Hay House moated site

Overview

Heritage Category: Scheduled Monument

List Entry Number: 1011055

Date first listed: 08-Nov-1993

Map

Ordnance survey map of Hay House moated site
© Crown Copyright and database right 2018. All rights reserved. Ordnance Survey Licence number 100024900.
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Location

The building or site itself may lie within the boundary of more than one authority.

County: Staffordshire

District: South Staffordshire (District Authority)

Parish: Dunston

National Grid Reference: SJ 90809 17051

Summary

Legacy Record - This information may be included in the List Entry Details.

Reasons for Designation

Around 6,000 moated sites are known in England. They consist of wide ditches, often or seasonally water-filled, partly or completely enclosing one or more islands of dry ground on which stood domestic or religious buildings. In some cases the islands were used for horticulture. The majority of moated sites served as prestigious aristocratic and seigneurial residences with the provision of a moat intended as a status symbol rather than a practical military defence. The peak period during which moated sites were built was between about 1250 and 1350 and by far the greatest concentration lies in central and eastern parts of England. However, moated sites were built throughout the medieval period, are widely scattered throughout England and exhibit a high level of diversity in their forms and sizes. They form a significant class of medieval monument and are important for the understanding of the distribution of wealth and status in the countryside. Many examples provide conditions favourable to the survival of organic remains.

Although only partly visible on the ground, the moated site at Hay House is largely unencumbered by modern development. The circumstances surrounding the backfilling of the moat ditches mean that they will survive in good condition as buried features and retain archaeological deposits which will be of value in understanding the environment and the economy of the medieval occupants. The original moated island will retain considerable artefactual and structural information of the house that originally occupied it. The monument also has good documentation referring to its history as a prebendal manor.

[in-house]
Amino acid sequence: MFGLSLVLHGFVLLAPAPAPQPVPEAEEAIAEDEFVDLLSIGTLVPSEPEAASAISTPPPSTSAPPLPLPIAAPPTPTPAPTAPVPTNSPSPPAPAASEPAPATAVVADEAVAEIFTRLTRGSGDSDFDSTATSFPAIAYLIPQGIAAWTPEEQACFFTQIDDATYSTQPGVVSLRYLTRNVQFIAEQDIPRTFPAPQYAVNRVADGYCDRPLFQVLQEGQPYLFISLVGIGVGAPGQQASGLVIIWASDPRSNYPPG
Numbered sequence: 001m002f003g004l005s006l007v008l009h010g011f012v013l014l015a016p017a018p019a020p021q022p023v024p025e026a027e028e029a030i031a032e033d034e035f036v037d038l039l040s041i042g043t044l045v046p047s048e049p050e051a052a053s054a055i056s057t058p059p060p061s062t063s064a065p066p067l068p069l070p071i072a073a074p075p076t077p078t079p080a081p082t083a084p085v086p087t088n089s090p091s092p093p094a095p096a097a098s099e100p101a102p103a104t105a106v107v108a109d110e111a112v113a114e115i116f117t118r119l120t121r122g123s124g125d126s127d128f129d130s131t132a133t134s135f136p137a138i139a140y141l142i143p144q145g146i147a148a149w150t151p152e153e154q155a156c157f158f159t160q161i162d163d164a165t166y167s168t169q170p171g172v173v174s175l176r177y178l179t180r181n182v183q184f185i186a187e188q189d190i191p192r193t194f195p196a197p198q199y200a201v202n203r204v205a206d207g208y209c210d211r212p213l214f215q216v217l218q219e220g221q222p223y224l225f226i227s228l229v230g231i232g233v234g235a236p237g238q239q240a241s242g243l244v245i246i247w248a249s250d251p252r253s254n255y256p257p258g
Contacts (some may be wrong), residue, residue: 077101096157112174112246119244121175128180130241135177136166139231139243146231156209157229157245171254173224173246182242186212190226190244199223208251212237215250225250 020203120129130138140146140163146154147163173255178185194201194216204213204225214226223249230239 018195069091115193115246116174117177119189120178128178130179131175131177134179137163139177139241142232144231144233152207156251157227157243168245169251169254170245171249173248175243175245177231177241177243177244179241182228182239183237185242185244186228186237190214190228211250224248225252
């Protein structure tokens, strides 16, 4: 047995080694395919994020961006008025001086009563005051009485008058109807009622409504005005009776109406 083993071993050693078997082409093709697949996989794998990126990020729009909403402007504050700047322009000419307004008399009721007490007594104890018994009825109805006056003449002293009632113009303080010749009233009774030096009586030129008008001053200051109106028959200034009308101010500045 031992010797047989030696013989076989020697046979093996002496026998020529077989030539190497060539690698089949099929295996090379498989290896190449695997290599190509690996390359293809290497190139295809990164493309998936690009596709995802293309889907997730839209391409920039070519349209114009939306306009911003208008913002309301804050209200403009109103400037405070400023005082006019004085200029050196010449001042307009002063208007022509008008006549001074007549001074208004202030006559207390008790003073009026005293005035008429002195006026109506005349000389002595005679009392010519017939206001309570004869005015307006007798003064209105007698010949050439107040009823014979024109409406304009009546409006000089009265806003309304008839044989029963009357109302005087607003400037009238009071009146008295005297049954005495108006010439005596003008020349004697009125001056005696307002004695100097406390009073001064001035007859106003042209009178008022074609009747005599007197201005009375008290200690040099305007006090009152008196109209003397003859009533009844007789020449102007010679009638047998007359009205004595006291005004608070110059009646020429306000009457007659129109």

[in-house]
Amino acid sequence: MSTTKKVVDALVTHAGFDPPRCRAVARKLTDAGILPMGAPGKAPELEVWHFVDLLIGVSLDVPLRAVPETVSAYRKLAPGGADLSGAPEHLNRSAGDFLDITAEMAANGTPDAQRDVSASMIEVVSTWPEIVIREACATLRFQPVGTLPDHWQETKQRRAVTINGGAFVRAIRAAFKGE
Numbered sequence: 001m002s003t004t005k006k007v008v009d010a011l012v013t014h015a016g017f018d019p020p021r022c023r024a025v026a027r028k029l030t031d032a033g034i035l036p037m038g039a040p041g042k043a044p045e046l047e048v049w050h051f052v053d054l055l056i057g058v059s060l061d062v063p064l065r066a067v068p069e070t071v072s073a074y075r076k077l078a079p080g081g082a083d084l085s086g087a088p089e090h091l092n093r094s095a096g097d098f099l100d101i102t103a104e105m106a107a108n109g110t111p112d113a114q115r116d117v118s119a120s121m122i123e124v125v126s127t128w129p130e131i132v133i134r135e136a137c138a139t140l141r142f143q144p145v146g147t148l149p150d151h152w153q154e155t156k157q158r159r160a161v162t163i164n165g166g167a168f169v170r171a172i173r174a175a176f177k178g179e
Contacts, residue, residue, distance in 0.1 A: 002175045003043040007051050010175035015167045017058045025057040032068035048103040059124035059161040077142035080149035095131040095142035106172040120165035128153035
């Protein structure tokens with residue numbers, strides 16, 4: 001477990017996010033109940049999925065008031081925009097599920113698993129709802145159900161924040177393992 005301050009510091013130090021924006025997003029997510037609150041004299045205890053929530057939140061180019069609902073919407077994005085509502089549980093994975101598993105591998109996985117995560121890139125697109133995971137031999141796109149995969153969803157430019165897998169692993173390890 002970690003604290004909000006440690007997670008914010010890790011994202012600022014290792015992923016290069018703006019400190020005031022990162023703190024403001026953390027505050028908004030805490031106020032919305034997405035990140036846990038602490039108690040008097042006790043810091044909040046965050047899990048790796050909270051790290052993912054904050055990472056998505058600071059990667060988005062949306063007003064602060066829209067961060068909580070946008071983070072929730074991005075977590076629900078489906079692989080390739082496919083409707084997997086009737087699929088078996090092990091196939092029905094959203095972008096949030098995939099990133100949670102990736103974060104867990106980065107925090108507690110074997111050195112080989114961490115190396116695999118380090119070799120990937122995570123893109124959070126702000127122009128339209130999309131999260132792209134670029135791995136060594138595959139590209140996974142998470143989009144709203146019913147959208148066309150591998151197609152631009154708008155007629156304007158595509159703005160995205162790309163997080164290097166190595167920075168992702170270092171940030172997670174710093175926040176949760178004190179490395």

History

Legacy Record - This information may be included in the List Entry Details.

Details

The monument includes the moated site at Hay House and is located in an isolated context on gently undulating ground in the parish of Dunston. It is partly occupied by a brick-built farmhouse, which is a Grade II listed building, and its associated agricultural buildings. In 1956 the Ministry of Agricuture, Fisheries and Food requested that the moat be infilled to reduce the danger to dairy cattle. The moat was infilled using imported household refuse but will survive as a buried feature. The north-western arm of the moat remains visible on the ground surface as a slight depression on a NE-SW axis. Estate maps dating to 1828 and 1875 provide good evidence for the original layout of the moated site. The moat, which was approximately 10m wide, surrounded a single rectangular island which measured approximately 60m NE-SW and 50m NW-SE. In 1828 the moat was waterfilled on three sides though the north-eastern arm was dry. There is a small waterfilled pond to the south-west of the moated site which has not been included in the scheduling. The lands in Penkridge called 'le Heyhouse' were part of the possessions of Penkridge College at the time of the Dissolution in 1547. The lands had been assigned for the support of the two resident canons and were leased to Edward Harte. By 1585 the messuage called the Hay House had passed to the Fowlke family who sold it a year later to Edward Littleton of Pillaton Hall, Penkridge. Excluded from the scheduling are the farmhouse which is a Grade II listed building, the associated outbuildings, all fence posts and the surfaces of all the farm tracks and garden paths but the ground beneath all these features is included.

MAP EXTRACT The site of the monument is shown on the attached map extract. It includes a 5 metre boundary around the archaeological features, considered to be essential for the monument's support and preservation.

Legacy

The contents of this record have been generated from a legacy data system.

Legacy System number: 21518

Legacy System: RSM

Sources

Books and journals
Greenslade, M W, The Victoria History of the County of Staffordshire, (1959), 124
Hammer, M E, 'Staffordshire Archaeology' in The Moated Sites of Staffordshire, , Vol. 3, (1974), 36
Other
Title: The Littleton Estate Map-Dunston Source Date: 1828 Author: Publisher: Surveyor:

End of official listing